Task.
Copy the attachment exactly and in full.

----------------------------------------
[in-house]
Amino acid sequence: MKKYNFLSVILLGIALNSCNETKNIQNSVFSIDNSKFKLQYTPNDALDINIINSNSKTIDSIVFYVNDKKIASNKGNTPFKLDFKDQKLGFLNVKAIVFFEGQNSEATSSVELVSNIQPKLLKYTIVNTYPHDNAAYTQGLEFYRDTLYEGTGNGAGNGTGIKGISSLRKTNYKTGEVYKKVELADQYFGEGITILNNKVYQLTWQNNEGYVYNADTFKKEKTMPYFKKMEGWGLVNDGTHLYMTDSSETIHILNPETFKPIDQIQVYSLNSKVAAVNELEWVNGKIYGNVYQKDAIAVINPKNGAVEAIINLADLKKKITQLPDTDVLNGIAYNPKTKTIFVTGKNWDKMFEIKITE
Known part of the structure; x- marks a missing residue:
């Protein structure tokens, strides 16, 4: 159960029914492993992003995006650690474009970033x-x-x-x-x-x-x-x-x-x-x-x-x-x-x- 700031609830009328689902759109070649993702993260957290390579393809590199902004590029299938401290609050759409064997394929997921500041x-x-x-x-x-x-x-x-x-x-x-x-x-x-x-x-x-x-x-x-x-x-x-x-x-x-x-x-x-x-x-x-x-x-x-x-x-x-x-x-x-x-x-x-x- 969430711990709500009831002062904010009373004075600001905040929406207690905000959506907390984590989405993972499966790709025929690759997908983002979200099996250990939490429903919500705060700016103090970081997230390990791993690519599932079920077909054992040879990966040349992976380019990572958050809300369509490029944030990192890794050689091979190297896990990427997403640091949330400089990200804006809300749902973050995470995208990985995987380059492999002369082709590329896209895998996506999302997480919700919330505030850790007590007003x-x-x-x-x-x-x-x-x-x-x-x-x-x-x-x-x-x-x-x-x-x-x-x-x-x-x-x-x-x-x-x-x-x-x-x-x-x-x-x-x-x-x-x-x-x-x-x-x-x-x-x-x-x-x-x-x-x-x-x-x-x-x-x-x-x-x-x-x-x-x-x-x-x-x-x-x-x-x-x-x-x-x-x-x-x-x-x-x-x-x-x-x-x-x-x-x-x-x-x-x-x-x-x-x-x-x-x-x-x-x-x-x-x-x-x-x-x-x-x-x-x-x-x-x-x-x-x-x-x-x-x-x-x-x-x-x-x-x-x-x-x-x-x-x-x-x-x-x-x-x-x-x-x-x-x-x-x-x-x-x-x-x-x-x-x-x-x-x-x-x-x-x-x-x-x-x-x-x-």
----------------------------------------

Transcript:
[in-house]
Amino acid sequence: MKKYNFLSVILLGIALNSCNETKNIQNSVFSIDNSKFKLQYTPNDALDINIINSNSKTIDSIVFYVNDKKIASNKGNTPFKLDFKDQKLGFLNVKAIVFFEGQNSEATSSVELVSNIQPKLLKYTIVNTYPHDNAAYTQGLEFYRDTLYEGTGNGAGNGTGIKGISSLRKTNYKTGEVYKKVELADQYFGEGITILNNKVYQLTWQNNEGYVYNADTFKKEKTMPYFKKMEGWGLVNDGTHLYMTDSSETIHILNPETFKPIDQIQVYSLNSKVAAVNELEWVNGKIYGNVYQKDAIAVINPKNGAVEAIINLADLKKKITQLPDTDVLNGIAYNPKTKTIFVTGKNWDKMFEIKITE
Known part of the structure; x- marks a missing residue:
């Protein structure tokens, strides 16, 4: 159960029914492993992003995006650690474009970033x-x-x-x-x-x-x-x-x-x-x-x-x-x-x- 700031609830009328689902759109070649993702993260957290390579393809590199902004590029299938401290609050759409064997394929997921500041x-x-x-x-x-x-x-x-x-x-x-x-x-x-x-x-x-x-x-x-x-x-x-x-x-x-x-x-x-x-x-x-x-x-x-x-x-x-x-x-x-x-x-x-x- 969430711990709500009831002062904010009373004075600001905040929406207690905000959506907390984590989405993972499966790709025929690759997908983002979200099996250990939490429903919500705060700016103090970081997230390990791993690519599932079920077909054992040879990966040349992976380019990572958050809300369509490029944030990192890794050689091979190297896990990427997403640091949330400089990200804006809300749902973050995470995208990985995987380059492999002369082709590329896209895998996506999302997480919700919330505030850790007590007003x-x-x-x-x-x-x-x-x-x-x-x-x-x-x-x-x-x-x-x-x-x-x-x-x-x-x-x-x-x-x-x-x-x-x-x-x-x-x-x-x-x-x-x-x-x-x-x-x-x-x-x-x-x-x-x-x-x-x-x-x-x-x-x-x-x-x-x-x-x-x-x-x-x-x-x-x-x-x-x-x-x-x-x-x-x-x-x-x-x-x-x-x-x-x-x-x-x-x-x-x-x-x-x-x-x-x-x-x-x-x-x-x-x-x-x-x-x-x-x-x-x-x-x-x-x-x-x-x-x-x-x-x-x-x-x-x-x-x-x-x-x-x-x-x-x-x-x-x-x-x-x-x-x-x-x-x-x-x-x-x-x-x-x-x-x-x-x-x-x-x-x-x-x-x-x-x-x-x-």